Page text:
What is the Concrete Data Telling us about the Future of Crude Oil Prices?
Author: Brynne Kelly
During this unprecedented time, accumulating concrete data points has never been more crucial in forecasting the future. Yet the main drawback with concrete data is the mere fact that they exist means they are most likely stale and something that market prices were aiming to incorporate into futures prices months ago. Still, they are valuable if used to establish or validate assumptions.
Key concrete data to watch:
US Refiner Inputs of Crude Oil
End-user demand for crude oil products is one of the most significant drivers of oil prices and the largest user of crude oil is the refiners. Prior to the pandemic, the market was accustomed to relatively small weekly variations in refinery demand for oil, driven largely by short-term events like weather impairments or seasonality. We were jolted out of this pattern in 2020 by an unprecedented event that caused wild price swings while the market tried desperately to discover an end-state to work from.
Absent concrete data, forecasts of the impact to oil markets were all over the place. But, as weekly EIA data became available, the search for a bottom was finally found with a reversal in the downward slide in refiner inputs.
This had enough of an impact to move oil prices out of their free-fall (orange line, month 2 continuous WTI futures). Anyone catching the falling knife on the way down was finally rewarded with an uptick in prices. As oil now hovers around the $40 level, the market is asking what is the path forward. Is the concrete data accumulated to date enough to support a price direction going forward?
We are now faced with evaluating future data points against projections. Sure, this is always done, but it has never been more crucial since any hiccups in actual vs expected data at this point have the potential for large price swings.
Prior to the pandemic slow-down, 2020 crude oil inputs to refiners (solid red line) were running fairly close to that of 2019 (cyan line). As of last week's EIA report, crude oil inputs had had moved off of their lows and risen to almost 82% of 2019 levels. If we assume activity is moving closer towards normal than it is towards a complete shut-down, a gradual increase of refiner inputs towards 95% (of 2019 refinery input levels) by the end of 2020 is something to aim for. This is represented by the dotted red line below.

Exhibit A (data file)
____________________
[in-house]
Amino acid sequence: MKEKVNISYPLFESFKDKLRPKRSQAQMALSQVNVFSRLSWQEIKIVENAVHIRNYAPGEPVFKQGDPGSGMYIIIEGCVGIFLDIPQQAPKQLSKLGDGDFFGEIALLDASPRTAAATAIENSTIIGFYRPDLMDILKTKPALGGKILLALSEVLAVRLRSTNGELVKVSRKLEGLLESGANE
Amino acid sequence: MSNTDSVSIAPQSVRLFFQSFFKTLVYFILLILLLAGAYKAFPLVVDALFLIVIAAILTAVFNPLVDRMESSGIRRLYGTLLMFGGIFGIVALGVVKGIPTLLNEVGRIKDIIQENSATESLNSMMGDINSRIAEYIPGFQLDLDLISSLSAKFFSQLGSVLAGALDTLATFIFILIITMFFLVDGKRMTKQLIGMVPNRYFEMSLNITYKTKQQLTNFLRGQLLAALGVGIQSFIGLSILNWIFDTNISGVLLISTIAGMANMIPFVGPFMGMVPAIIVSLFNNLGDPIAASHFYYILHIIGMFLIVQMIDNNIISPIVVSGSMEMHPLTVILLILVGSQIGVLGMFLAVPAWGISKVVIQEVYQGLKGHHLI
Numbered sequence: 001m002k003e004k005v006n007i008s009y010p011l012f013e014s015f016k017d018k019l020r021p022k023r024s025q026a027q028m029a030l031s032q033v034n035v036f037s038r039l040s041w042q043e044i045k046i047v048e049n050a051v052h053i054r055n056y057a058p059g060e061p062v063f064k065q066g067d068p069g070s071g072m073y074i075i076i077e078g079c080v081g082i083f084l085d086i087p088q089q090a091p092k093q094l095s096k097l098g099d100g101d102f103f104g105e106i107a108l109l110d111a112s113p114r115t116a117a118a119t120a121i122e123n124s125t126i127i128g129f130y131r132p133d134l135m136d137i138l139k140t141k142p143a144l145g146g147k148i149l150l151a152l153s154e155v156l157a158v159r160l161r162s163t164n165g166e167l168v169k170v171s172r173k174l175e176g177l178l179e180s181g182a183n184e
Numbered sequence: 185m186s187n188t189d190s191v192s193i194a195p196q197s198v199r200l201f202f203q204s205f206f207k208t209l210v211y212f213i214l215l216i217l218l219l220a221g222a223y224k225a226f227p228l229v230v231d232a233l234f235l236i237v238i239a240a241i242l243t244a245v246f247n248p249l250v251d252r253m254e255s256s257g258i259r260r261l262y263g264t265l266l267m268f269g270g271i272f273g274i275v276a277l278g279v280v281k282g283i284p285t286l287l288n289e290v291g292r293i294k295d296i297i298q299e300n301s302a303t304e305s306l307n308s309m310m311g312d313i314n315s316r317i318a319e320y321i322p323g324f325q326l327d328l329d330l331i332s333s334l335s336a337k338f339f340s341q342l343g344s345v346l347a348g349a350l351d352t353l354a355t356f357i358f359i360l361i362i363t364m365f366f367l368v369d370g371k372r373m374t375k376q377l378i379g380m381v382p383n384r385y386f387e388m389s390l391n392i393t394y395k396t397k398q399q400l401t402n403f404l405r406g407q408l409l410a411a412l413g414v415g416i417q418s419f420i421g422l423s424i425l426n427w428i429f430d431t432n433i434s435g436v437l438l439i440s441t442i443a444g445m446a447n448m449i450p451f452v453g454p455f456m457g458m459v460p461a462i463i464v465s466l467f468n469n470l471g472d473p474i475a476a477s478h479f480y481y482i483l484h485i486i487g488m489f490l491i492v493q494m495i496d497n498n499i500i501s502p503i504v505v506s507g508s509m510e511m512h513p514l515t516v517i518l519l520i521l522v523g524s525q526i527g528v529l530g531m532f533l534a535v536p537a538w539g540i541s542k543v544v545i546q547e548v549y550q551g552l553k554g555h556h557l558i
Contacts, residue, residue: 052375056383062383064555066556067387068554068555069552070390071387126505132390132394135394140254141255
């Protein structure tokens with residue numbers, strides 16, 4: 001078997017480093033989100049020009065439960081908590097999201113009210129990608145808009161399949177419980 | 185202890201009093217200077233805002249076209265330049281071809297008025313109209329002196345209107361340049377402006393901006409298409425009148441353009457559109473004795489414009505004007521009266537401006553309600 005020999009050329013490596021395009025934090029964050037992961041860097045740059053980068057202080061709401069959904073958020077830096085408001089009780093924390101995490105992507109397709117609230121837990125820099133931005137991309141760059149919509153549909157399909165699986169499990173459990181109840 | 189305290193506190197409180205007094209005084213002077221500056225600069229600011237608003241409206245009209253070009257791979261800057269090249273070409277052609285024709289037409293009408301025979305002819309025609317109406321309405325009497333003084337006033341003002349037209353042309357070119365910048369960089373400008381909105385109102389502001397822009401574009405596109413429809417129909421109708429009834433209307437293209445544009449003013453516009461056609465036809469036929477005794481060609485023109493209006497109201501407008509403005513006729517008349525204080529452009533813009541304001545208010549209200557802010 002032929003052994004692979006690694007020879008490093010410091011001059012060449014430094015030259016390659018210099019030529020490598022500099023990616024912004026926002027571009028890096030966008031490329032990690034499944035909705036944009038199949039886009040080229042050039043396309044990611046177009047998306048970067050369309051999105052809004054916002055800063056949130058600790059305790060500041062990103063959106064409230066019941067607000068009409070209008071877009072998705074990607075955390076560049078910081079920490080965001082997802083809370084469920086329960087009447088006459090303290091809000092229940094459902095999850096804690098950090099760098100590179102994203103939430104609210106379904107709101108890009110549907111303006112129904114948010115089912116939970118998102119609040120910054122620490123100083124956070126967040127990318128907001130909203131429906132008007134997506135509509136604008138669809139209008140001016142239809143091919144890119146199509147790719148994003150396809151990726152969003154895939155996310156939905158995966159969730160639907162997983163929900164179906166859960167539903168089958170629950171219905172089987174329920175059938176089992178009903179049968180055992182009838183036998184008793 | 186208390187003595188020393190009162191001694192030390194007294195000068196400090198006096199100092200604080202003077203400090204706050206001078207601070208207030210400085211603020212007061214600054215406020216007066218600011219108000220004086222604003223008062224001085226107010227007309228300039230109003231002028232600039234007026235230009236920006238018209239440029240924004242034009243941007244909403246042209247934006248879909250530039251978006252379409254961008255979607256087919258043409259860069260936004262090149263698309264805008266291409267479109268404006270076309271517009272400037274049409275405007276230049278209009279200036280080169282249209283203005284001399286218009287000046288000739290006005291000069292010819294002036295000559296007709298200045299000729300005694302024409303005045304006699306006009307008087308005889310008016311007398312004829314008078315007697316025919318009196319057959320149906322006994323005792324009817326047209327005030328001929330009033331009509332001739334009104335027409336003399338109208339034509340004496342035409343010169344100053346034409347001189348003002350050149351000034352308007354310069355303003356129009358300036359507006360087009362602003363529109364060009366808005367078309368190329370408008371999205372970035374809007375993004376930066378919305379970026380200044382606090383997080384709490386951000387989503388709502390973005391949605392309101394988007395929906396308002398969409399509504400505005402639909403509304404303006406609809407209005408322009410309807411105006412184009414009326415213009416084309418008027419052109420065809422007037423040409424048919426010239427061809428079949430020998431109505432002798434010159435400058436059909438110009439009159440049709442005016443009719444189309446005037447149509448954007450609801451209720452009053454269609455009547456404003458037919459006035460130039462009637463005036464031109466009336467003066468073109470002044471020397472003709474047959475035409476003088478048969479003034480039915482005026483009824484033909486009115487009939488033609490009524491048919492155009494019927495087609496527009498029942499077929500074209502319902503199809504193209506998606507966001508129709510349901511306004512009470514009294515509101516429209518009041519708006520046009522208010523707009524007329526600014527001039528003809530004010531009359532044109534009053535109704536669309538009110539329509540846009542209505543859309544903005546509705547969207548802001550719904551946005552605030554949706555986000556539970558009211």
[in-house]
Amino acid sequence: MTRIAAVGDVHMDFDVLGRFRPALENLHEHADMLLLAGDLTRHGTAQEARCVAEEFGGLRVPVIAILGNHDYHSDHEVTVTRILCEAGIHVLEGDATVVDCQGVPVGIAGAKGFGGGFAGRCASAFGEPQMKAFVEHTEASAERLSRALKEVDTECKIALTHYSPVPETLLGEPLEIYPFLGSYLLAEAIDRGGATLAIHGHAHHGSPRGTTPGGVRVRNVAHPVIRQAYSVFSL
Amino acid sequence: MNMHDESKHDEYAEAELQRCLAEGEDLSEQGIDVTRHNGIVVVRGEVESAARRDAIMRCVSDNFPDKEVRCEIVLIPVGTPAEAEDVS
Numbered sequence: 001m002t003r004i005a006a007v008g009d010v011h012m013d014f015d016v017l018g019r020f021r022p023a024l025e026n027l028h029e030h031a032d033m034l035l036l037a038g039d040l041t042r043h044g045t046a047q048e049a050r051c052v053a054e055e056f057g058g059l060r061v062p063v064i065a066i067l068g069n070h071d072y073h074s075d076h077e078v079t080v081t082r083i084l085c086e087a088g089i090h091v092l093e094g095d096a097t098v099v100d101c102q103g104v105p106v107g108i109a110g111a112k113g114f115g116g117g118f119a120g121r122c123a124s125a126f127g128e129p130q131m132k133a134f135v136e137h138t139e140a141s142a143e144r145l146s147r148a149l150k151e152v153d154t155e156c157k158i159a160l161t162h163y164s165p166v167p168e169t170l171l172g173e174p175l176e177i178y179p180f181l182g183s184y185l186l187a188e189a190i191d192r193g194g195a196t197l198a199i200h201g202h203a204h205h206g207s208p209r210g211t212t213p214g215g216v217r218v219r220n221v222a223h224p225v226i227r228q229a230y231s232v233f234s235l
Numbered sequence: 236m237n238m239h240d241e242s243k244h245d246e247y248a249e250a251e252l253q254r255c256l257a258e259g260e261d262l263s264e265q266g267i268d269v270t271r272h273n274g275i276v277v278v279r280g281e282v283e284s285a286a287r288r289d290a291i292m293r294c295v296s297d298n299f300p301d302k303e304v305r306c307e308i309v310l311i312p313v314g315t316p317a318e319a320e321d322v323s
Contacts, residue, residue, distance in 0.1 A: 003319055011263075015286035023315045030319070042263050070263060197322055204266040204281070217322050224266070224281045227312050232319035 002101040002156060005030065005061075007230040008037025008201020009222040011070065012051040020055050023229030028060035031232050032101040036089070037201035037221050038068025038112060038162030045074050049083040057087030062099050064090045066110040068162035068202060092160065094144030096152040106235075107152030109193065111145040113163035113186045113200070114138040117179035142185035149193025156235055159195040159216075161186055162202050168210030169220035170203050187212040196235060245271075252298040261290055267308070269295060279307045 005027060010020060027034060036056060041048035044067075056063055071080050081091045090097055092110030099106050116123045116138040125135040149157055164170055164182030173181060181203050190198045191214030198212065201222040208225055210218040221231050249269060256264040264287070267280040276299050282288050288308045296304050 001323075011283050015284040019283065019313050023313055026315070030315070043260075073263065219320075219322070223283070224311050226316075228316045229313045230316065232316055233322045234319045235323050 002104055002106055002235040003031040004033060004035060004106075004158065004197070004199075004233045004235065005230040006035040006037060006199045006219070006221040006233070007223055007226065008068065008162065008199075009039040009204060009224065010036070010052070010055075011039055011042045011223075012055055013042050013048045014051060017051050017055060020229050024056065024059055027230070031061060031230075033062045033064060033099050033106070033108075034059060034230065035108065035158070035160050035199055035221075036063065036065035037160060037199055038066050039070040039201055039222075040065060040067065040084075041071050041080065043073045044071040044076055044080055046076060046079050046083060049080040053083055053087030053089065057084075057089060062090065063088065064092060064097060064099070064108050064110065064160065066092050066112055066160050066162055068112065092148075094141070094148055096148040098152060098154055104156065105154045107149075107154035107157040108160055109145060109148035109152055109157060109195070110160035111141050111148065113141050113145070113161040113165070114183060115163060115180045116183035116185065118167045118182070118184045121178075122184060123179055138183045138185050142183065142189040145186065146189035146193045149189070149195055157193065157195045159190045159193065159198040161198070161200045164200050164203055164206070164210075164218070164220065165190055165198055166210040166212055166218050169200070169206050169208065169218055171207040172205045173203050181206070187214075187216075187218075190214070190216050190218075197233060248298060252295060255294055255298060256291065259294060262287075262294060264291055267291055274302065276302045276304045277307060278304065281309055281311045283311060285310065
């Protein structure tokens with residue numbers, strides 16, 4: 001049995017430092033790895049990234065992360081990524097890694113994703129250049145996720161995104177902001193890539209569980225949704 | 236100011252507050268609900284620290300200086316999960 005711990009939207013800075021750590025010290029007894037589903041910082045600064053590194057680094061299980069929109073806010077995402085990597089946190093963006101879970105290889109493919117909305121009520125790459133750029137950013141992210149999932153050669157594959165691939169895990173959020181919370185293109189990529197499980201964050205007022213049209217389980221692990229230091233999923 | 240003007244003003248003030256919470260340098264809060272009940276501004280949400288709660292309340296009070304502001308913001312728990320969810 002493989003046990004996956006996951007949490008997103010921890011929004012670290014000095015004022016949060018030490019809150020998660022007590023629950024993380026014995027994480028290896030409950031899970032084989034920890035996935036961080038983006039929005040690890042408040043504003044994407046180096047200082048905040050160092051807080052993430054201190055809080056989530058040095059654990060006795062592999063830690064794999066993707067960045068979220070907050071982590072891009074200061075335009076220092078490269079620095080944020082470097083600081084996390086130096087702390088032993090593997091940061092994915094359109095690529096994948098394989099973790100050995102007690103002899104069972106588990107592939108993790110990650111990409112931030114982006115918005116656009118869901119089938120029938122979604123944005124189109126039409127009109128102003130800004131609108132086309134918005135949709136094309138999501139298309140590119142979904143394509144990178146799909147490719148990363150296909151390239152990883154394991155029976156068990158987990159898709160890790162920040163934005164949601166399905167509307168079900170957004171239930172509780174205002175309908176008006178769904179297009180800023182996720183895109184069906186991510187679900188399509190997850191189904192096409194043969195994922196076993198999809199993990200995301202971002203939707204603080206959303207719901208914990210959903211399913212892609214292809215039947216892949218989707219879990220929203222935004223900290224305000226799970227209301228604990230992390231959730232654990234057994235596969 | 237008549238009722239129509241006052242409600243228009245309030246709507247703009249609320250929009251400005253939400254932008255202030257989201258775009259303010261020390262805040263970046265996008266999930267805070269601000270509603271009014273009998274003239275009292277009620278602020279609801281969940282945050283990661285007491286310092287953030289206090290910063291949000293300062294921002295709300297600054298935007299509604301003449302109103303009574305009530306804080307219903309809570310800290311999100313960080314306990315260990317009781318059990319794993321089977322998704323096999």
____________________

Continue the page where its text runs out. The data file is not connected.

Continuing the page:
Historically, there is a seasonal pattern to contend with in the fall where refiner inputs of oil trend lower due to refining maintenance season, however many refiners have reported that they are using the current slowdown in operations to attend to maintenance early, so this may not be much of a factor this year. This at least provides a framework against which to measure future data points going forward.
US Weekly Rig Count
On the other side of the refiner input coin is crude oil production, which has slowed in light of reduced end-user demand. In response, drilling rigs have been drastically reduced. Rig counts are reported weekly by Baker-Hughes. The corresponding production from existing rigs is estimated by the EIA on a monthly basis in their Drilling Productivity Report (DPR, black and red line below) These production numbers are always revised over time as producer well data is verified.
Of course, in addition to the DPR data (which primarily captures shale production), the EIA also reports weekly total US crude oil production in their weekly inventory reports (blue line vs black line below). They are fairly consistent in direction, however, the weekly EIA production numbers show a slightly greater decline than shale production alone.
Along with production data, the DPR also provides the change from month to month in legacy production. Per the EIA, "the legacy production change is the change in total regional production from one month to the next, excluding production coming from newly drilled wells. Production from a well typically declines over time, as pressure from the formation around the wellbore is depleted. In the absence of new wells being drilled, the group of all existing wells in a region will decline in production from one month to the next." As this is part of the DPR, it is also a monthly figure. All monthly data is revised in each new report with the most recent 2 months most subject to change (red line below).
The sharp rebound in the legacy production change is either wishful thinking, or a reflection of the expected temporary nature of the drop in active drilling rig production. The next release date of the DPR is Monday July 13, 2020. It is within this report or next that we believe we will find some game-changing data. Examples being an increase in productivity per rig or increased production.